Dar es Salaam. The families of two girls at the centre of an intriguing identity story in Kenya have said they are yet to make a decision on what to do next after a DNA test confirmed that they are biological sisters.
According to their mother, Kenyan girls Sharon Mathius and Melon Lutenyo were separated at birth in 1999 at Kakamega County Referral Hospital. They only found out about each other on Facebook in 2018 and were inseparable after that.
The girsl were then helped to establish the truth behind their resemblance in a riveting tale running back several years.
Their mother, Rosemary Khaveleli Onyango, told the media that when she gave birth, one of the twins was taken ill and she had to leave her at the hospital. She would come back to breastfeed then go back home. She questioned whether maybe it was at this point that her baby could have been exchanged.DNA tests conducted by Lancet Kenya and released yesterday showed that Sharon and Melon shared identical DNA profiles, with 23 allelic loci tested showing 100 per cent perfect match which is consistent with the two being biologically identical twins.
The report said that Ms Onyango could not be excluded as the biological mother of the twins who have compatible obligatory maternal allelic profile with a 99.999 per cent probability.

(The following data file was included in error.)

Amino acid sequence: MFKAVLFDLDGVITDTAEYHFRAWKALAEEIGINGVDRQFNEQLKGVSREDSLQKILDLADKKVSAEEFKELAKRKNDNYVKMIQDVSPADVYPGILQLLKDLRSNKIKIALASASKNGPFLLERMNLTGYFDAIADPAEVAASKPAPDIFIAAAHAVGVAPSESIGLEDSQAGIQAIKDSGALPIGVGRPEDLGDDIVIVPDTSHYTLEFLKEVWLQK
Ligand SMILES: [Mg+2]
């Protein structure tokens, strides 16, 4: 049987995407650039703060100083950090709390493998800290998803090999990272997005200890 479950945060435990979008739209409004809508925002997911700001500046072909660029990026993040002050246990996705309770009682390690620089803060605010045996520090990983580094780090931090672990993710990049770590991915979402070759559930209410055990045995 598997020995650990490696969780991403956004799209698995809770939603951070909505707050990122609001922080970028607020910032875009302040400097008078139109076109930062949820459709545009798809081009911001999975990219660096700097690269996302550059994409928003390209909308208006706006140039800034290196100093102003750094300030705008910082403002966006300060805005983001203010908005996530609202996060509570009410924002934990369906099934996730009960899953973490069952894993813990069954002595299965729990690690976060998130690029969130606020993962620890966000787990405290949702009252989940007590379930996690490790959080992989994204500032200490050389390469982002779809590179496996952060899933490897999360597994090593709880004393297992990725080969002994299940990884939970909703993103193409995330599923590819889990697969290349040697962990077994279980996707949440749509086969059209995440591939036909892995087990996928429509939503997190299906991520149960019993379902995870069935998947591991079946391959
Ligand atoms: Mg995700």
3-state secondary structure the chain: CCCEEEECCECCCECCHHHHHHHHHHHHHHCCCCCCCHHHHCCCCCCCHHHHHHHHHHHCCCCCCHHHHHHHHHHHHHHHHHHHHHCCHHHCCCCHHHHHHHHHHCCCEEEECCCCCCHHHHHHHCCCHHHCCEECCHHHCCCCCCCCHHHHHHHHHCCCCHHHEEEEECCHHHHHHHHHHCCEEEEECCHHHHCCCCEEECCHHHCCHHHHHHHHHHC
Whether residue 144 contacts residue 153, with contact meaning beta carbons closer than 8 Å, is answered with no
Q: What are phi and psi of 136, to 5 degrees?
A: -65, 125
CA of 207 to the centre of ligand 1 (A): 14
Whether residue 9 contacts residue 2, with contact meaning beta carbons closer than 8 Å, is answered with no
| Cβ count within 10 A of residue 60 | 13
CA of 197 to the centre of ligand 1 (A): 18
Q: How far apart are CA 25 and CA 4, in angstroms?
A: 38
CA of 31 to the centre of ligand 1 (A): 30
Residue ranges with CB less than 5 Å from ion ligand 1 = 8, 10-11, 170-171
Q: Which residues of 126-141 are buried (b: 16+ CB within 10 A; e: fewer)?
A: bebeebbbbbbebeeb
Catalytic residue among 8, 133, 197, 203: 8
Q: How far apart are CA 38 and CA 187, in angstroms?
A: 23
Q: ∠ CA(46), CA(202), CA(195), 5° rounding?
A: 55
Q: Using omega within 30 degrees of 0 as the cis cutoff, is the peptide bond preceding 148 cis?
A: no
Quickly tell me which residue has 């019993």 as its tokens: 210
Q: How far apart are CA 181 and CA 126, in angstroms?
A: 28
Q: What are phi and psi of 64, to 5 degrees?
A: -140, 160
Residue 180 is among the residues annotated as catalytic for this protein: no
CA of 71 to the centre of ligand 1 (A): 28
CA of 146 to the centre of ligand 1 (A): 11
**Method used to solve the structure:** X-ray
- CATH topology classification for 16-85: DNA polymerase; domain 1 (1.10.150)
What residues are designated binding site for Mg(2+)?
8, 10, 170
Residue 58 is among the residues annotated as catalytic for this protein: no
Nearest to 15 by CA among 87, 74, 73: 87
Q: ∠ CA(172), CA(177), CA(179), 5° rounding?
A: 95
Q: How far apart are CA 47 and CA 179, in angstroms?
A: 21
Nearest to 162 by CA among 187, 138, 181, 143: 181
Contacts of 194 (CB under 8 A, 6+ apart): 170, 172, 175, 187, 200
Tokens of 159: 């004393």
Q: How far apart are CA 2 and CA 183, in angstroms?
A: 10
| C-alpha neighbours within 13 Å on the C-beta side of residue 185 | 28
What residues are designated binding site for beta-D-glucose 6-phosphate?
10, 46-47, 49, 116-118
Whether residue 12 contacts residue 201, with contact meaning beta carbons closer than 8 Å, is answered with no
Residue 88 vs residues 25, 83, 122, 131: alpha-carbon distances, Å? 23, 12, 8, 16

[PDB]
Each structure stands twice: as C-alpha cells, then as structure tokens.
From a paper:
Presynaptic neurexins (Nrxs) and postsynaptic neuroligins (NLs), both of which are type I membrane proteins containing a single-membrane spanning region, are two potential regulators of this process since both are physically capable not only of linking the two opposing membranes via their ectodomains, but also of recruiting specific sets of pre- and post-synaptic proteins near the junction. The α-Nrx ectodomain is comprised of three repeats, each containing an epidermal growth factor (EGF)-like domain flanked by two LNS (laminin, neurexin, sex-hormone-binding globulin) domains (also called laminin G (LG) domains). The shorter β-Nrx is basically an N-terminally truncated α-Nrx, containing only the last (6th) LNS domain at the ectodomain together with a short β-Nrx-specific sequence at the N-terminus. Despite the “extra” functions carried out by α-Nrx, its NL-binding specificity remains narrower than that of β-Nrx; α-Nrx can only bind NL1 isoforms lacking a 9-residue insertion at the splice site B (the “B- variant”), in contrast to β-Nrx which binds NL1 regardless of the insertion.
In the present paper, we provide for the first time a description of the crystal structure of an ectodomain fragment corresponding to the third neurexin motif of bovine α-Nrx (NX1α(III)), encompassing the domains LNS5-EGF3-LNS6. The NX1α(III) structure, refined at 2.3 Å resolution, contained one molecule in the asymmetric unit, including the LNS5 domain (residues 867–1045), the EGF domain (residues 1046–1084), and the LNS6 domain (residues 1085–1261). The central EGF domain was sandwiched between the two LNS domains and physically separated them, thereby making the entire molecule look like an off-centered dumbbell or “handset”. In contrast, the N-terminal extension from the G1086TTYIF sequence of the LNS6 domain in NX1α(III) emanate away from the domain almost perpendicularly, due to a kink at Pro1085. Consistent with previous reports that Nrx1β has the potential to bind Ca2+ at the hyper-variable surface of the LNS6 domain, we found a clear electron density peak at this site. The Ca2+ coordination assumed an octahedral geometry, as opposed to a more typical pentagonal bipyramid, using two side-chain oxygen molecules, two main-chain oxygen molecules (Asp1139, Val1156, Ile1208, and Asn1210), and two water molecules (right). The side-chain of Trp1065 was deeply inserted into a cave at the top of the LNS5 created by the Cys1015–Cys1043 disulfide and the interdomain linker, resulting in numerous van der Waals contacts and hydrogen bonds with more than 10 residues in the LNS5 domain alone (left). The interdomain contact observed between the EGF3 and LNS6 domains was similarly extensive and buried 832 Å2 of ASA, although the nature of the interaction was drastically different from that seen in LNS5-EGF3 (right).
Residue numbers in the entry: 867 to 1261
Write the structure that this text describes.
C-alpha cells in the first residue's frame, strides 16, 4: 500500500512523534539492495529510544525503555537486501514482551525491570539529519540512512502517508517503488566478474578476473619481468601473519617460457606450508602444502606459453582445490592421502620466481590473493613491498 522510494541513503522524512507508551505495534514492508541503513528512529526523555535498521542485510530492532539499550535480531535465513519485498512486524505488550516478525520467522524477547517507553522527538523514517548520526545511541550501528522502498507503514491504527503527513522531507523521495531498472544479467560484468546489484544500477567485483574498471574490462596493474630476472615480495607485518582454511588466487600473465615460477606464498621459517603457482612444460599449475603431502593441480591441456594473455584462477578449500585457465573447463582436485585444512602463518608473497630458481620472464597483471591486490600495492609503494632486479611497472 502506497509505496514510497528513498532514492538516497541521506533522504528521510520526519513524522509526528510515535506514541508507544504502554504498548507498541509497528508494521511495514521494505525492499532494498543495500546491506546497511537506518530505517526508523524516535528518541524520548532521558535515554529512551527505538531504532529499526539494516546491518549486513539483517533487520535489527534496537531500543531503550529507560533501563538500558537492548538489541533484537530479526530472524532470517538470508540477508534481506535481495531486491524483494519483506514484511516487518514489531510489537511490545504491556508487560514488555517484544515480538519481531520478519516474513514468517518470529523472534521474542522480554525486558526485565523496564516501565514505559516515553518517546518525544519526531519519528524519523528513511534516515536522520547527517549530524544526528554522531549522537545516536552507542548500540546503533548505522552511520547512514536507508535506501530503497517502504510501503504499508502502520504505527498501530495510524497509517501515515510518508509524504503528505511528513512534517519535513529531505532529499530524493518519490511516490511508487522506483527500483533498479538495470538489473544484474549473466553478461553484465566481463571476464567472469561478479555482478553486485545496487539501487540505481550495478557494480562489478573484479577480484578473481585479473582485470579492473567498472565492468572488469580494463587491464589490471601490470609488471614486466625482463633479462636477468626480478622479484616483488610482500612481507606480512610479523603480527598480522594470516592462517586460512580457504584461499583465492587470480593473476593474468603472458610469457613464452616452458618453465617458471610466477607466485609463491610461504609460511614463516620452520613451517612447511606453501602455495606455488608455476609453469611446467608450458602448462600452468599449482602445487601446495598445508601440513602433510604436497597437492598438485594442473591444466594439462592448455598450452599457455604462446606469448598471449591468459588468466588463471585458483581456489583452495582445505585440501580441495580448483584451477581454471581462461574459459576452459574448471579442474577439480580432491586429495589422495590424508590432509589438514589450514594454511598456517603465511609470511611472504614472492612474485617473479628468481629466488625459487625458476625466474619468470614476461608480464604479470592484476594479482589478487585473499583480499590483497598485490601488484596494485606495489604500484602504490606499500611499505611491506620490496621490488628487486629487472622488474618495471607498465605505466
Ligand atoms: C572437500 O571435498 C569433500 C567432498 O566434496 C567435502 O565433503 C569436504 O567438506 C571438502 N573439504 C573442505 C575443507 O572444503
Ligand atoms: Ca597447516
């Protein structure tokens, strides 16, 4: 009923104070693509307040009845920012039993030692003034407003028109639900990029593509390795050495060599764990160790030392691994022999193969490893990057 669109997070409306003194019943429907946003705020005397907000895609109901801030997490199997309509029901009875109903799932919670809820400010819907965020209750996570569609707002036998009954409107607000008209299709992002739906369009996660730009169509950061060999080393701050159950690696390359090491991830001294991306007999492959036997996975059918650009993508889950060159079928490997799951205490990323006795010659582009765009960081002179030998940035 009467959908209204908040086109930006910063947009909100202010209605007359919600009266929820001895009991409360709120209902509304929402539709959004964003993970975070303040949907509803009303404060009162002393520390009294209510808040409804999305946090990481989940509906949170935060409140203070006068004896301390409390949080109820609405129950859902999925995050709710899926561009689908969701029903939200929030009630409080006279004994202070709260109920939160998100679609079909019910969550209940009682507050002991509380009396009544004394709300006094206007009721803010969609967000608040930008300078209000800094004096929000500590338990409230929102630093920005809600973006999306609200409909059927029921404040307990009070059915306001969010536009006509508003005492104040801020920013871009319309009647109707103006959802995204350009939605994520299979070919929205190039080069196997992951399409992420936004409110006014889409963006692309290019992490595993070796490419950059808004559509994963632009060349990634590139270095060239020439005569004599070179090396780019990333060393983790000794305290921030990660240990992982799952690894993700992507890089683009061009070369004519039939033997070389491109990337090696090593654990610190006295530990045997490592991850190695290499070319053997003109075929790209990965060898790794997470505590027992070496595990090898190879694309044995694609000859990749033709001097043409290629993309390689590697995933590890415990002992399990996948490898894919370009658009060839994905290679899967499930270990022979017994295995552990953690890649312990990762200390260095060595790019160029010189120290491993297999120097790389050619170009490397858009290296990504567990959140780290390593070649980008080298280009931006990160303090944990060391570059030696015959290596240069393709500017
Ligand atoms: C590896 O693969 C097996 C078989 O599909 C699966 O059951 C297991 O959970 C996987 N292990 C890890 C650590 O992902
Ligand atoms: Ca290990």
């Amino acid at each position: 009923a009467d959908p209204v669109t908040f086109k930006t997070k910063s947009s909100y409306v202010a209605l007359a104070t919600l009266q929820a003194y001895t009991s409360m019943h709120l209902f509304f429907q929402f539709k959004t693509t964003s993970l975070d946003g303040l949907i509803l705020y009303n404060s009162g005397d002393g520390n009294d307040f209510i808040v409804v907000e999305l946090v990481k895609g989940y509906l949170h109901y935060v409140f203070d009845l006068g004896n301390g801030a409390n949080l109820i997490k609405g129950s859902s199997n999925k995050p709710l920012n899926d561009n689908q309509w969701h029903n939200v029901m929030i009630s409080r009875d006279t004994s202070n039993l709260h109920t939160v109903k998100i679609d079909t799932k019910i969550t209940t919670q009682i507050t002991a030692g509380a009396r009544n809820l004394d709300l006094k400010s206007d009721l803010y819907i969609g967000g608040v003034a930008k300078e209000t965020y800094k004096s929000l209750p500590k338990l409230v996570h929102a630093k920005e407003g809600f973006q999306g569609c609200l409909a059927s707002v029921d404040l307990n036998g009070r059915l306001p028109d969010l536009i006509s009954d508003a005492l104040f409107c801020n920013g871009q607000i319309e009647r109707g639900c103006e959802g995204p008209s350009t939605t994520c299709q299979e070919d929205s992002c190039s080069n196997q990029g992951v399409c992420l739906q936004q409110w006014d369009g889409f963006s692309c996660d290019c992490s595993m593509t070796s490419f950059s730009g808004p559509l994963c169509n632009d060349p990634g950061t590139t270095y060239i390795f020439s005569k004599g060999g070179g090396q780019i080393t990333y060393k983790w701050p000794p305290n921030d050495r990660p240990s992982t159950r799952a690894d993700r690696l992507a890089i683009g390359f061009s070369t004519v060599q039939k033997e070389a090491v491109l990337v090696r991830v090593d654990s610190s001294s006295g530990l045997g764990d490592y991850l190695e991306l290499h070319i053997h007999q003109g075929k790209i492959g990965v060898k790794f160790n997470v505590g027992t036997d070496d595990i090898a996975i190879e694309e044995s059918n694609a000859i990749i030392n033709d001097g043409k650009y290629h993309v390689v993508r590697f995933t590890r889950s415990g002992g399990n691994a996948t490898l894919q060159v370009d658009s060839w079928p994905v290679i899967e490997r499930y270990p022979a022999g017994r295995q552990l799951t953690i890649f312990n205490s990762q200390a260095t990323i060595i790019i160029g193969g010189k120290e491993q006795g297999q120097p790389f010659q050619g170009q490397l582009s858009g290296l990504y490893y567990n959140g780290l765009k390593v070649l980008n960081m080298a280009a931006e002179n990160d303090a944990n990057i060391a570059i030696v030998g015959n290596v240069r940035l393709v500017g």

The report also excluded Ms Onyango from being the biological mother of Melvis Mbaya with 12 out of 23 loci tested showing a mismatch. (Three or more mismatches are considered grounds of exclusion of paternity) the report stated.
The tests also showed that Melvis Mbaya, who grew up with one of the twins, exhibited a compatible obligatory maternal and paternal allelic profile with those of Ms Angeline Omina and Mr Wilson Lutah Maruti respectively, now her real parents.
The report released by Dr Ahmed Kalebi, also showed that the probability of Melvis being Ms Omina’s daughter was 99.999 per cent. DNA testing was conducted by pathologists at Lancet Kenya Friday.
The Kenya Medical Research Institute (Kemri) which had initially promised to conduct the tests for free, withdrew at the last minute to “let the Directorate of Criminal Investigations (DCI) do its investigative work.”
Speaking after the process, Dr Elizabeth Wala, of Multiples to Multiples Society, said her organisation read about the families’ plight and sought to help them settle the case.